A few days ago I shared these quotes on my religion blog:
I haven’t read any of Jonathan Franzen’s novels yet, but I love what he had to say when he was on the cover of Time recently: “One of the ways of surrendering freedom is to actually have convictions. And a way of further surrendering freedom is to spend quite a bit of time acting on those convictions.”
Franzen goes on to say:
“I came to realize that because my purpose on earth seems to be to write novels, I am actually freer when I’m chained to a project: freer from guilt, anxiety, boredom, anger, purposelessness.”
Whether it’s living a religion or writing a novel to the bitter end, commitment makes it happen. For the first time ever, I’ve spent the last two weeks giving daily word-count goals a try. I’ve missed some days, yes. But guess what Saturday night finds me doing? Catching up to meet weekly word-count goals.
I’ve read that Stephen King writes 1,500 words a day. Sometimes more. Rarely less.
In August, Laurie Halse Anderson shared her own writing schedule on her blog and challenged readers to write for 15 minutes a day.
Nanowrimo.org challenges writers to write 1,657 words a day for 30 days straight, producing a 50k word draft by the end of November.
Claudia Mills writes for one hour or one page a day. Check out her interview on how to balance writing and real life.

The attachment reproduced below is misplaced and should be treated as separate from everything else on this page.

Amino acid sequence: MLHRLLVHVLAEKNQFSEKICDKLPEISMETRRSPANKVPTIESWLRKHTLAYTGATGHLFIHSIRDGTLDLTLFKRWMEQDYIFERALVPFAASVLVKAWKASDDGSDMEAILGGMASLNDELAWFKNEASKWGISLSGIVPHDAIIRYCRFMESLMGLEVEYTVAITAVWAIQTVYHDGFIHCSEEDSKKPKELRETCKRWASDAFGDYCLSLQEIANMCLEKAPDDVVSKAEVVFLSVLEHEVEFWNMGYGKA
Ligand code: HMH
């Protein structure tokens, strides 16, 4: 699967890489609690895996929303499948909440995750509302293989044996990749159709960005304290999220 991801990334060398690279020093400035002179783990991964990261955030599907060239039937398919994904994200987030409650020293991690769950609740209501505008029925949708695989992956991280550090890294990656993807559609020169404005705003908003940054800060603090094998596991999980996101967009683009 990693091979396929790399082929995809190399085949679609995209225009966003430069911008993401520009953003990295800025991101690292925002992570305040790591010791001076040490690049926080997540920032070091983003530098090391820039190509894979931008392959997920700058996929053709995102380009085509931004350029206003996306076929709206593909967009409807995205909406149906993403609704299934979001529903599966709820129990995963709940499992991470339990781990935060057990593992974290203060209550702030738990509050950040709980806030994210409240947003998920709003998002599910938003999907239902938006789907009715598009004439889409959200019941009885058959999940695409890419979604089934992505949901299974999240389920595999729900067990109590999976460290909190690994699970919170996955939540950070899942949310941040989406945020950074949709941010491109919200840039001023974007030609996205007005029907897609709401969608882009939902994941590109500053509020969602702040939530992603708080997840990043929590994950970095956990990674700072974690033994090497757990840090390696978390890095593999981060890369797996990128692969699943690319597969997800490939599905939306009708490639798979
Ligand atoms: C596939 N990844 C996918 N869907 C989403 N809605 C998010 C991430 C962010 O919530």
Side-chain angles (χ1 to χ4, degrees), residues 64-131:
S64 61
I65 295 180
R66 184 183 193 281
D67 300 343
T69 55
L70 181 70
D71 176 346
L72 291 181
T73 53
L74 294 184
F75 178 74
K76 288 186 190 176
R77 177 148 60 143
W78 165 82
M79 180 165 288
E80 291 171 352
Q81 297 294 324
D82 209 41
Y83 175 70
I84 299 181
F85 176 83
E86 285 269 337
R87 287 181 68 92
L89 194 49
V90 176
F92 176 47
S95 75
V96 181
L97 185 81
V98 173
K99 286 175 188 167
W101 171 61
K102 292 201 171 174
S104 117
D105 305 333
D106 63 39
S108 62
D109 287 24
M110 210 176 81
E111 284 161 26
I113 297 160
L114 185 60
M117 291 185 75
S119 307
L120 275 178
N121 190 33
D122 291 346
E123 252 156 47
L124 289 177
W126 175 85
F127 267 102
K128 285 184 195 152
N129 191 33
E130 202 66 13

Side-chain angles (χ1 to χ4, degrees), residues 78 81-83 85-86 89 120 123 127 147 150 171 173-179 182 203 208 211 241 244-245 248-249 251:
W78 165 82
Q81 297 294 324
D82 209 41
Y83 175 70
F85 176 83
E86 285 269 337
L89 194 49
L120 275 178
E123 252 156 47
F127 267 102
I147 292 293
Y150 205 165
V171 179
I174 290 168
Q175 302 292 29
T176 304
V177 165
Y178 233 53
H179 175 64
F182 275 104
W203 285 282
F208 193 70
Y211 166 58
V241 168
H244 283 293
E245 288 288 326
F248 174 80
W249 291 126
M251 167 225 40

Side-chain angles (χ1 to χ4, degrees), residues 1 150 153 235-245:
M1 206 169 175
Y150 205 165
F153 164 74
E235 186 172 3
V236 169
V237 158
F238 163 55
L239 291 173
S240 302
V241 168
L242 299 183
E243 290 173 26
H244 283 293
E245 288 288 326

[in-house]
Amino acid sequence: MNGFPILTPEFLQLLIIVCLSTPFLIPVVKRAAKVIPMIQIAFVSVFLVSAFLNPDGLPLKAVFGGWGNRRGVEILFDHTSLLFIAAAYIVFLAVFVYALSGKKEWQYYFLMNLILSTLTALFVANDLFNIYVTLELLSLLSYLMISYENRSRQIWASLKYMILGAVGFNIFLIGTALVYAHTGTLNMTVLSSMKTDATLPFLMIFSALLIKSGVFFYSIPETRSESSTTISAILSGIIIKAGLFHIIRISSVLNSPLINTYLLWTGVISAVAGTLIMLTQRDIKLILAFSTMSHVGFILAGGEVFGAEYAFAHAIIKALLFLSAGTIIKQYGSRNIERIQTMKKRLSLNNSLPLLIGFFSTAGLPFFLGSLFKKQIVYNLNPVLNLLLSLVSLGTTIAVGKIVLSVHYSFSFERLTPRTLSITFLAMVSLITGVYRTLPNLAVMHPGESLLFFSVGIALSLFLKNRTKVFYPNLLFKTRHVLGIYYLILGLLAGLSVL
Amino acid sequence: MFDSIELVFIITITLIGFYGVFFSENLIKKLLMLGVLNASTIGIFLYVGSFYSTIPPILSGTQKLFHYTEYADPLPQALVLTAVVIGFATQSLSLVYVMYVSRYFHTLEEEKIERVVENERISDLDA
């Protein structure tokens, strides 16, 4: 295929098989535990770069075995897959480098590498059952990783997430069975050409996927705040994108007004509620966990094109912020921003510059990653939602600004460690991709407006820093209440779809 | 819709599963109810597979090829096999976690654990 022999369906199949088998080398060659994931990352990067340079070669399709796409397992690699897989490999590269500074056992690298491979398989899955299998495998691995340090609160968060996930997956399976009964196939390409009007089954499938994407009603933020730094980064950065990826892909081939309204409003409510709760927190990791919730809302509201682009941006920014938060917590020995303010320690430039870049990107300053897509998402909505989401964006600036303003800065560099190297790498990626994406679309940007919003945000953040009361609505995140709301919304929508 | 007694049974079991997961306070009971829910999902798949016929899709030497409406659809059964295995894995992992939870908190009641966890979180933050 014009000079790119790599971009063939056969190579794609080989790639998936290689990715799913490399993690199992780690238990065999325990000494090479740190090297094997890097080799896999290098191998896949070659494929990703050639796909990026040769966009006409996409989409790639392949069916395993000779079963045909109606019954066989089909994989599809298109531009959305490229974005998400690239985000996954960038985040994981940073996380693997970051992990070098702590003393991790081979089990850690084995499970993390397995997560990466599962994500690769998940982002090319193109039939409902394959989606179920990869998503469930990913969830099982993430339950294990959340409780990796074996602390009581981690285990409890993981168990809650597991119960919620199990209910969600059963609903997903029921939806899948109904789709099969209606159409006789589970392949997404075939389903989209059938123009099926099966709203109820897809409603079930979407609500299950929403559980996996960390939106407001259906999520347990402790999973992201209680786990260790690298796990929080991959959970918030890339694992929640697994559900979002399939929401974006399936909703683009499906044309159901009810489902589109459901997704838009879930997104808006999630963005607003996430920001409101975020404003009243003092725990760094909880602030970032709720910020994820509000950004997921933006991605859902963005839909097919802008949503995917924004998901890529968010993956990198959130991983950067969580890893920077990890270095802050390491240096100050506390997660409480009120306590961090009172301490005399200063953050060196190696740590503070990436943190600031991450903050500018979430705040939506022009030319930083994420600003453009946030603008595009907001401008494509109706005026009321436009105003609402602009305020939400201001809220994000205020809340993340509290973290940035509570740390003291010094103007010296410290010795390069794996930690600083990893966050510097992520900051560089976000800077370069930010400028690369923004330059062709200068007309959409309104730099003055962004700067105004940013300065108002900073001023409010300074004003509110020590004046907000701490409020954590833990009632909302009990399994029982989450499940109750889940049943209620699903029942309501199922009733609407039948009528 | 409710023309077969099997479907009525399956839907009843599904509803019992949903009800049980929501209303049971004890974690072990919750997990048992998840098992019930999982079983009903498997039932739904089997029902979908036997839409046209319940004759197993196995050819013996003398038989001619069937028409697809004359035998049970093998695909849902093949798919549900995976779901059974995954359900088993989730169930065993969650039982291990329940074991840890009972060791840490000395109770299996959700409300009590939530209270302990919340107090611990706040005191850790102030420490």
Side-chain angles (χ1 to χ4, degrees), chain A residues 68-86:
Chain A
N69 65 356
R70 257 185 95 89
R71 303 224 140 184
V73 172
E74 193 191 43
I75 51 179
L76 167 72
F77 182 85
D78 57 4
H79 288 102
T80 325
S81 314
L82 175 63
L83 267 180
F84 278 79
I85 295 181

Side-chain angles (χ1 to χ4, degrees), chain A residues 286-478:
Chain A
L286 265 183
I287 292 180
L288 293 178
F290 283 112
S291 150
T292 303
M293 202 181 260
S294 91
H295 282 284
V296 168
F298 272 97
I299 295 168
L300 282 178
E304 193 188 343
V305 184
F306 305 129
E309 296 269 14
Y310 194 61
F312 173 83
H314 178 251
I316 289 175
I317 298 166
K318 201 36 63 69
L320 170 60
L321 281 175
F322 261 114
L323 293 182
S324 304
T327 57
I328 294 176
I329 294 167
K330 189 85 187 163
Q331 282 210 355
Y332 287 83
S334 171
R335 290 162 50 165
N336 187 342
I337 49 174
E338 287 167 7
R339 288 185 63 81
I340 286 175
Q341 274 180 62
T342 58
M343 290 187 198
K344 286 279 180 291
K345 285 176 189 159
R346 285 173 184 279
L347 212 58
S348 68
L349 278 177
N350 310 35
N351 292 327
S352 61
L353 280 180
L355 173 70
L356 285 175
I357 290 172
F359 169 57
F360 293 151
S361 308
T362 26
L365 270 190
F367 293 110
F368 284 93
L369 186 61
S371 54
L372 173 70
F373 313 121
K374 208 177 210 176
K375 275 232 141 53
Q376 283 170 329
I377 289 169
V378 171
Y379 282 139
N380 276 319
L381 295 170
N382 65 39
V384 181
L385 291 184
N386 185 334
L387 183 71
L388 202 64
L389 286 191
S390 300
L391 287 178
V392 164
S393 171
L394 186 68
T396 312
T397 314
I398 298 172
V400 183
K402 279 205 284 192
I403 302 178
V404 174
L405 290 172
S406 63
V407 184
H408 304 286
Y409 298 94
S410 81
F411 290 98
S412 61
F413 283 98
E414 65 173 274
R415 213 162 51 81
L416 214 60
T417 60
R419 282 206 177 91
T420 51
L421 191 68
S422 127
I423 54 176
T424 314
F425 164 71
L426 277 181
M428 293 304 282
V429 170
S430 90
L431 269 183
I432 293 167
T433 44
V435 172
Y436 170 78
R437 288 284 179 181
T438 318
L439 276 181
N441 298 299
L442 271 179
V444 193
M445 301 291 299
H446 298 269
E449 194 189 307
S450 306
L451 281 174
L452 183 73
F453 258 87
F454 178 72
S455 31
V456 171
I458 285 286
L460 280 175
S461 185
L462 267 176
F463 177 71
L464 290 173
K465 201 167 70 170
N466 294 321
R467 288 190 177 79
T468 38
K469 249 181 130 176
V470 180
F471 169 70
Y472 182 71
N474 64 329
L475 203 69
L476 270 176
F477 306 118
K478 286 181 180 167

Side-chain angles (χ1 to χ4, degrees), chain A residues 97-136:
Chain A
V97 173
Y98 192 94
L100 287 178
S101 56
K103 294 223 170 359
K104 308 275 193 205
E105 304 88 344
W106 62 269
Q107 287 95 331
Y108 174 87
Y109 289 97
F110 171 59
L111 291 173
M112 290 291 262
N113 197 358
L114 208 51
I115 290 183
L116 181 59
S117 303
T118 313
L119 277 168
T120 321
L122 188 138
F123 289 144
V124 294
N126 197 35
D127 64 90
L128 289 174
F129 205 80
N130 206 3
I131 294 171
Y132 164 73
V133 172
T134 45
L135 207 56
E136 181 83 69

Jillian Michaels doesn’t write novels at all, that I know of, but she wrote this article on goal-setting. The short version:
1. Writing down goals makes them “a concrete thing instead of this vague hope tucked away in the back of your mind.”
2. Writing down goals prevents people from getting “caught up in activity traps–things that simply waste their time and energy–thereby making them unproductive and increasingly discouraged.”
3. Writing down short-term goals can make long-term goals less intimidating.
“I’m going to write a novel this year” = intimidating. “I’m going to write 500 w0rds today” = not so bad. Try it six times a week, and 20 weeks later, you’ll have your first 60k draft.
Here are my goals for what’s left of 2010:
3,000 words a week. That breaks down to 500 words a day, six days a week. My first draft will be finished by the end of January 2011. My second draft will be finished by mid-February. My agent will have something in her hands to blow to pieces by March 7, and I’ll start over from there.
I know this is a weird post for September 29 instead of January 1, but a Wednesday leading into the Halloween season seems as good a time as any to start anew.
What writing goals or schedule structures work for you?